12 minute read

What is PowerShell

A lot of people don’t know what PowerShell is, they have heard about it but don’t know what it is exactly. It’s similar with other shells, so the best introduction to PowerShell we can do is to define it. Let’s do it.

„PowerShell is a cross-platform task automation and configuration management framework, consisting of a command-line shell and scripting language. Unlike most shells, which accept and return text, PowerShell is built on top of the .NET Common Language Runtime (CLR), and accepts and returns .NET objects.“

Basically, PowerShell is a windows shell scripting language to write commands called cmdlets and combine them into complex scripts. It gives you the complete access to a computer, assuming you’re the admin of that computer. In this introduction to PowerShell you’ll learn basic concepts and some examples.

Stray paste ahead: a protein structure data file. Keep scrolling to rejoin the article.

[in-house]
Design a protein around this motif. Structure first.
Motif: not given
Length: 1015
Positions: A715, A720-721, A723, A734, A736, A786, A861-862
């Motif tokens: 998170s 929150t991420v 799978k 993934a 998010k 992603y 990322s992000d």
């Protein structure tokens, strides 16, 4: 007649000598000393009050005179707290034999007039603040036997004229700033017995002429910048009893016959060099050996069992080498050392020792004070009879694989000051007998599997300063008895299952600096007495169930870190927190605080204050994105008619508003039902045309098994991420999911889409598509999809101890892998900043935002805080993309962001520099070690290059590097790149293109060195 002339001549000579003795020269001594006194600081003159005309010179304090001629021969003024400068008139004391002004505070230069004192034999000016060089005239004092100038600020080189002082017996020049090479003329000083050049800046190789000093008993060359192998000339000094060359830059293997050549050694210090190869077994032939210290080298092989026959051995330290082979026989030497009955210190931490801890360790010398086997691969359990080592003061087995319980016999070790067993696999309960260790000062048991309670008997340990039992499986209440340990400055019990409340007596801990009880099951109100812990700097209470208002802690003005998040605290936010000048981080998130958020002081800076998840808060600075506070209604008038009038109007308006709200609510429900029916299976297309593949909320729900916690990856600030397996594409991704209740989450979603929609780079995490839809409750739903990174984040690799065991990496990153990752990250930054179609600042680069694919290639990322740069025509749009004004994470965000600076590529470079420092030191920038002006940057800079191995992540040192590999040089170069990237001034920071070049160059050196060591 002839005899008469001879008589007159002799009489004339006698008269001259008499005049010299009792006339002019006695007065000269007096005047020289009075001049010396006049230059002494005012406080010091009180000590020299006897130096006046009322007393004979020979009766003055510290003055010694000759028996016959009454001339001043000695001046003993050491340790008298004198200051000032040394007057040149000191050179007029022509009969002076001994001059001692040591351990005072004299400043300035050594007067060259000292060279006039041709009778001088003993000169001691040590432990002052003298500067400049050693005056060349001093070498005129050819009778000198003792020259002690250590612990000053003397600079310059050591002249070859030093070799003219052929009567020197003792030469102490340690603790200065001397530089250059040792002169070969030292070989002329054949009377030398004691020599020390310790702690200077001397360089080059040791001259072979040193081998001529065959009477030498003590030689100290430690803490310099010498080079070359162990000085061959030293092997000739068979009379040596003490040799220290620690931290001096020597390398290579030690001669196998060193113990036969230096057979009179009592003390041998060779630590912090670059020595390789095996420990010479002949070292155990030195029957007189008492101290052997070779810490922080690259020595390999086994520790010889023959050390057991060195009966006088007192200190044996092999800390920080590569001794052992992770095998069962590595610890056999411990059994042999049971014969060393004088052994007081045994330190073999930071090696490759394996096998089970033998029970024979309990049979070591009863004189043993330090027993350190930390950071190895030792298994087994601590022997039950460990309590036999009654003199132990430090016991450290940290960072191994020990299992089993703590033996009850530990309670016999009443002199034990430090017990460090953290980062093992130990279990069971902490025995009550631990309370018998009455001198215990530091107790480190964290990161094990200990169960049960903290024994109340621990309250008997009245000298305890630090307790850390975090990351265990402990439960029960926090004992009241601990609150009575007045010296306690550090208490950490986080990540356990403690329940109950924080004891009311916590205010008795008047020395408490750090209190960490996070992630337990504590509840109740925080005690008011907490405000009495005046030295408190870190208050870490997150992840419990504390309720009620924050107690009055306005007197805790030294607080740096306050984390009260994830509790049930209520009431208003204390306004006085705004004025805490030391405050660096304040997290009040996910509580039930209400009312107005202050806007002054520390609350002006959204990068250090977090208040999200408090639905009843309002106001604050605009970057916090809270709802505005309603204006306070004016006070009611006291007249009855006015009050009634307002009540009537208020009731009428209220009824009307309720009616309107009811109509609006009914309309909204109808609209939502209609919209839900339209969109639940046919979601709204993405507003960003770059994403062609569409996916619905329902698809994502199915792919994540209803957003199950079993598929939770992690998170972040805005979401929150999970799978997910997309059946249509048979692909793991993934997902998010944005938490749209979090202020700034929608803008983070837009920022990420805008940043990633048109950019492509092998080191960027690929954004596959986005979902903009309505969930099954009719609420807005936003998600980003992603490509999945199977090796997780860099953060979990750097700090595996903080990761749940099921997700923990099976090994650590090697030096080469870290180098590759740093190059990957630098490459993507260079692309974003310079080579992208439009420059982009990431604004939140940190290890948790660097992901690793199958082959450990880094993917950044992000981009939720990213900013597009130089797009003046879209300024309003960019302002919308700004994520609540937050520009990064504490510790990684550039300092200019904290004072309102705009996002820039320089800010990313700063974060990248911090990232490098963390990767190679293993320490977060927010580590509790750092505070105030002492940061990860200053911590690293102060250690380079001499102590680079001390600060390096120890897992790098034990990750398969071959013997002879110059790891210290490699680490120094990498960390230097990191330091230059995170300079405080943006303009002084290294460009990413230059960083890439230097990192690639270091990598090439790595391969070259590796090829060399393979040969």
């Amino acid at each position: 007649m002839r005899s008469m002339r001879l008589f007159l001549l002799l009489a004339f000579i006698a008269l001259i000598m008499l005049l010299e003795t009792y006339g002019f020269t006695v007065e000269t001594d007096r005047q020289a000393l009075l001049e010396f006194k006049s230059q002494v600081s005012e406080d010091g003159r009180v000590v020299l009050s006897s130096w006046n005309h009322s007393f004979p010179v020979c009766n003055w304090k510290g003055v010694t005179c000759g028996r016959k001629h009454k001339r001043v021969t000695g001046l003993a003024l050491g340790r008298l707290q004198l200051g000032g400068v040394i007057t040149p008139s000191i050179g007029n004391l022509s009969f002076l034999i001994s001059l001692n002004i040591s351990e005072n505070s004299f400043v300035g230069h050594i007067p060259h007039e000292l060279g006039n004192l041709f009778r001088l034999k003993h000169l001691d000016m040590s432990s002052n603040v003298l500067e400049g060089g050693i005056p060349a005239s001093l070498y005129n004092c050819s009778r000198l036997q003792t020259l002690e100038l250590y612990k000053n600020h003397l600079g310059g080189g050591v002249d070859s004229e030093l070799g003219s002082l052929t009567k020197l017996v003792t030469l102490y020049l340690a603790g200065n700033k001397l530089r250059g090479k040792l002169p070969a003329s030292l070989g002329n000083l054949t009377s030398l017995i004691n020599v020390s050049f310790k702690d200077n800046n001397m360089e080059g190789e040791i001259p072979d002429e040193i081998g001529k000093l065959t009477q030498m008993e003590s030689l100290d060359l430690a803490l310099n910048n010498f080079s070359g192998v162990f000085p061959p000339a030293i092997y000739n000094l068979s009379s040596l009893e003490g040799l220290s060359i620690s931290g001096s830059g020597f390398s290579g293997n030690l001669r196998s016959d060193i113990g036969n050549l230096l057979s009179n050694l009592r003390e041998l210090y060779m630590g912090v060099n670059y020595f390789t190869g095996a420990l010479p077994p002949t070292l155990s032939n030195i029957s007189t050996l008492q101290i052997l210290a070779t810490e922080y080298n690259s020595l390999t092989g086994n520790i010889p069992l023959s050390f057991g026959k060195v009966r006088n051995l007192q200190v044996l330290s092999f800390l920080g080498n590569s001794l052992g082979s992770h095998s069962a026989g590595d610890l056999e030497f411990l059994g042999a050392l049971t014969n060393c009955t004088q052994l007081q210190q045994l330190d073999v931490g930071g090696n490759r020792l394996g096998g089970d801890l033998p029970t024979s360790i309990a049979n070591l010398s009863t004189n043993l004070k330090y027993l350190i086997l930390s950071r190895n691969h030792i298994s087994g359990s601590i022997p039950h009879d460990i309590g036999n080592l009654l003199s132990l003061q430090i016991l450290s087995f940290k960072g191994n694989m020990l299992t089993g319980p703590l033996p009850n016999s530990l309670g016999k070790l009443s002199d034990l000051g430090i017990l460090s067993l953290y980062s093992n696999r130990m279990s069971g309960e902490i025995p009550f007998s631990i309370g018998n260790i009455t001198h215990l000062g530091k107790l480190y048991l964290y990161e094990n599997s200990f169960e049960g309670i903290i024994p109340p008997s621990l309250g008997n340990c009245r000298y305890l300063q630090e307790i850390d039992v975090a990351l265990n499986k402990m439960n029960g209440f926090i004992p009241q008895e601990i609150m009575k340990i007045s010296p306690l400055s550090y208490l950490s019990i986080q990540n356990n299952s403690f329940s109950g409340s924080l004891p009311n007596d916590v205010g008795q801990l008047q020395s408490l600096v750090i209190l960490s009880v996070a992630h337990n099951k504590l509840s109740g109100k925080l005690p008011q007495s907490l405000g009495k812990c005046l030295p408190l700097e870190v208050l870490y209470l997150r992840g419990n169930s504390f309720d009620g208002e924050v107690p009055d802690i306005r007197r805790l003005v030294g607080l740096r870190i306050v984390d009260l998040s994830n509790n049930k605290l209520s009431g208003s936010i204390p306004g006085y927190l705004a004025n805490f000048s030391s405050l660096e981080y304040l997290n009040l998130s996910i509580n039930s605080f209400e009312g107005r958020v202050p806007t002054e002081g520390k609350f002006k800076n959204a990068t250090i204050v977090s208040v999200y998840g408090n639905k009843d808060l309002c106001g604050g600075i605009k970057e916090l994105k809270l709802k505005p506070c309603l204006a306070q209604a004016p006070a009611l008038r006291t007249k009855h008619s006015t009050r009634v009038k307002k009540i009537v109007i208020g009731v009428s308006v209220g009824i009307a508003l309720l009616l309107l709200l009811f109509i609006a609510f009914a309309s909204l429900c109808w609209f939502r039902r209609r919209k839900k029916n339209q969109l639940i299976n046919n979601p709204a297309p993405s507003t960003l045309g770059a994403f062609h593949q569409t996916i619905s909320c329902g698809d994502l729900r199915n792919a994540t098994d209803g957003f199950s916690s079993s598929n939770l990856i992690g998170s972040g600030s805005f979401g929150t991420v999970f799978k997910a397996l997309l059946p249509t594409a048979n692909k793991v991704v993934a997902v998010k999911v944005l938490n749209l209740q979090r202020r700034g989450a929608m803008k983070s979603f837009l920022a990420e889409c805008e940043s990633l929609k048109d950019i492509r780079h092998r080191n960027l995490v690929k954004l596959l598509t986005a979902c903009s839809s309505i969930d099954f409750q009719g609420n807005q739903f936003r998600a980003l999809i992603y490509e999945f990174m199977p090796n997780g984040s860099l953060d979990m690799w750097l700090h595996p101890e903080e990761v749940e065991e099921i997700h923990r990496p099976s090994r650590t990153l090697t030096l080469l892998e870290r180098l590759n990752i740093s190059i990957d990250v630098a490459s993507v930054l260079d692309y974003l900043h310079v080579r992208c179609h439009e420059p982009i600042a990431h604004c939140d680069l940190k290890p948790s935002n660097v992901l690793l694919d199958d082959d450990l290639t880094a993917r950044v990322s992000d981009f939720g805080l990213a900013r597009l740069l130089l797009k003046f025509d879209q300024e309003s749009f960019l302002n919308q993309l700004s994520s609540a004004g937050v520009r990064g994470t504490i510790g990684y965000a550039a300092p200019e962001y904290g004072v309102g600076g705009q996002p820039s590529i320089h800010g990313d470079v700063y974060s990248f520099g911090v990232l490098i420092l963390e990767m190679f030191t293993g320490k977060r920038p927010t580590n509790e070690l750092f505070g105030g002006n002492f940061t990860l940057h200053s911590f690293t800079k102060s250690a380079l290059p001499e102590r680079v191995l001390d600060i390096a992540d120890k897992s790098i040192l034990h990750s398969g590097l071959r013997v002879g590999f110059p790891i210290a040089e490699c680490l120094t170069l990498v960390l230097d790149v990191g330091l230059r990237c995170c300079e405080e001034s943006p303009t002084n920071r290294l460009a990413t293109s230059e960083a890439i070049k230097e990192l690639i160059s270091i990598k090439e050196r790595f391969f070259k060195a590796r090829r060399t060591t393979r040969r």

NOTE: If you can, you should always open PowerShell as an administrator because PowerShell can block some commands, specially destructive commands, for users that are not admins on that computer. The problem is that you won’t get an error like ” only an administrator can run this command” or something like that, the error will not tell you that you should be an admin. So, it’s best to prevent that in the start, if you can.

The beauty of PowerShell

The beauty of PowerShell is that it doesn’t return text like most other shells. PowerShell returns .NET objects which you can use and manage like regular objects. Why is that so awesome? Well, if you get, let’s say, a list of services listed in Powershell, you can select which row and/or line you want and manage it separately.

In text based shells like Bash, you can do that to some extent with some filter commands, but you’ll often end up with a messy text that needs to be cleaned. On the other hand, in PowerShell, you can just convert your output to JSON and you have a clean and ready JSON to work with. We’ll show all this later in this article.

Command aliases